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Migrant bodies’ funding slashed

Resource type: News

The Irish Times |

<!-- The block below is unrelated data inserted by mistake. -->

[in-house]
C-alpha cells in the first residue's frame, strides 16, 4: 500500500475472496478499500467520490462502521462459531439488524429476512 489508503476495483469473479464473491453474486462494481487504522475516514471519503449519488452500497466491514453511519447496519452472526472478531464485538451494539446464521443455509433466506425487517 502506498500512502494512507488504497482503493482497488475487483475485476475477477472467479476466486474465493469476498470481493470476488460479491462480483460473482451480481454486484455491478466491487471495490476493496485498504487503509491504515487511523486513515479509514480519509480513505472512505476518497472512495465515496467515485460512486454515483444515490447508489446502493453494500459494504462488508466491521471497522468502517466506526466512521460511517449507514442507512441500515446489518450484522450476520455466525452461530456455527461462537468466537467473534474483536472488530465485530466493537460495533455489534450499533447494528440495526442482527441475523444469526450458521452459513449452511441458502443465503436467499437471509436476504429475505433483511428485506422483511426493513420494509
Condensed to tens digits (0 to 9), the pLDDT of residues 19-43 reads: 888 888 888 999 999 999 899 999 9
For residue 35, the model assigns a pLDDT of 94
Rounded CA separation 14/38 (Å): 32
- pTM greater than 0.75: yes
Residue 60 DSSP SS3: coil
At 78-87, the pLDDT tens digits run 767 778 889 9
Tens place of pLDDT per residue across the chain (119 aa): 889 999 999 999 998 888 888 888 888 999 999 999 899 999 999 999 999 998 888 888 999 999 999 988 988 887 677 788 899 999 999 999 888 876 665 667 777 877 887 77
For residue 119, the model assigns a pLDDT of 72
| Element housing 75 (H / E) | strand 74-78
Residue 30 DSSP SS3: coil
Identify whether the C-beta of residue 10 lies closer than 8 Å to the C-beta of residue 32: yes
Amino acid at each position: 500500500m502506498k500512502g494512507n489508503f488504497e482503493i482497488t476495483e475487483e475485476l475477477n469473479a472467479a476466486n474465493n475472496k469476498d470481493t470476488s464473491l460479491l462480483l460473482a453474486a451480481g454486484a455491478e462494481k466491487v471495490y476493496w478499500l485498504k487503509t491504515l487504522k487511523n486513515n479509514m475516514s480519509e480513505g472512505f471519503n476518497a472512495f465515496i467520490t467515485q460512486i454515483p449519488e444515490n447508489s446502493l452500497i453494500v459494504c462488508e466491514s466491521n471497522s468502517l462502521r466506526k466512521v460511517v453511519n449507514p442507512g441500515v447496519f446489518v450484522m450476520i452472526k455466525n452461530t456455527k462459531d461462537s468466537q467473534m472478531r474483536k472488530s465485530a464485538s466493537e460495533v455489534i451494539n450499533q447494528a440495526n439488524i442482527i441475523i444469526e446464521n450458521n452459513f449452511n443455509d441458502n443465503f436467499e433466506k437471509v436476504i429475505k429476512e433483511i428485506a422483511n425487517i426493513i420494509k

by RUADHáN MacCORMAIC IMMIGRATION:THE STATE’S advisory body on racism and intercultural affairs is to have all its Government funding withdrawn, while the Office of Integration will see its budget cut by a quarter. State funding of the National Consultative Committee on Racism and Interculturalism (NCCRI) is to cease and some of its functions are to be absorbed by the Office of the Minister for Integration, Conor Lenihan. The NCCRI, which employs 13 people, has played a prominent role in advising Governmental and other bodies, recording racist incidents and researching immigration and social integration. It is also understood that three new integration bodies announced by Mr Lenihan last summer – a ministerial council, a taskforce and a commission – will be amalgamated into one group. According to the Budget allocations, funding for the Office of Integration itself is to fall by 26 per cent. Denis Naughten, Fine Gael spokesman on immigration and integration, noted that Mr Lenihan’s budget was being slashed at a time when reports of racially motivated attacks were increasing. “Now more than ever we need to focus on measures that promote integration, including the provision of language support. Instead, the Government has slashed this small, yet valuable fund,” he added. Mr Lenihan said he was not surprised by this “very large” reduction, which he said reflected the experience of Departments of State generally. Plans to make integration grants available to migrant-led groups, faith-based organisations and political parties would continue, he added. Although the NCCRI receives one-third of its funding from the EU and various research funds, the loss of its EUR 500,000 annual Government grant throws its future into question. The Immigrant Council of Ireland raised concern about the loss of funding for integration. “The need for effective integration policies and strategies may well become more acute during this recession,” chief executive Denise Charlton said. The Irish Refugee Council expressed disappointment that there was no increase in the weekly allowance for asylum seekers, which stands at EUR 19.10 for adults and EUR 9.60 for children. Chief executive Robin Hanan said this was the only social welfare payment never to have been improved since it was introduced in 2000.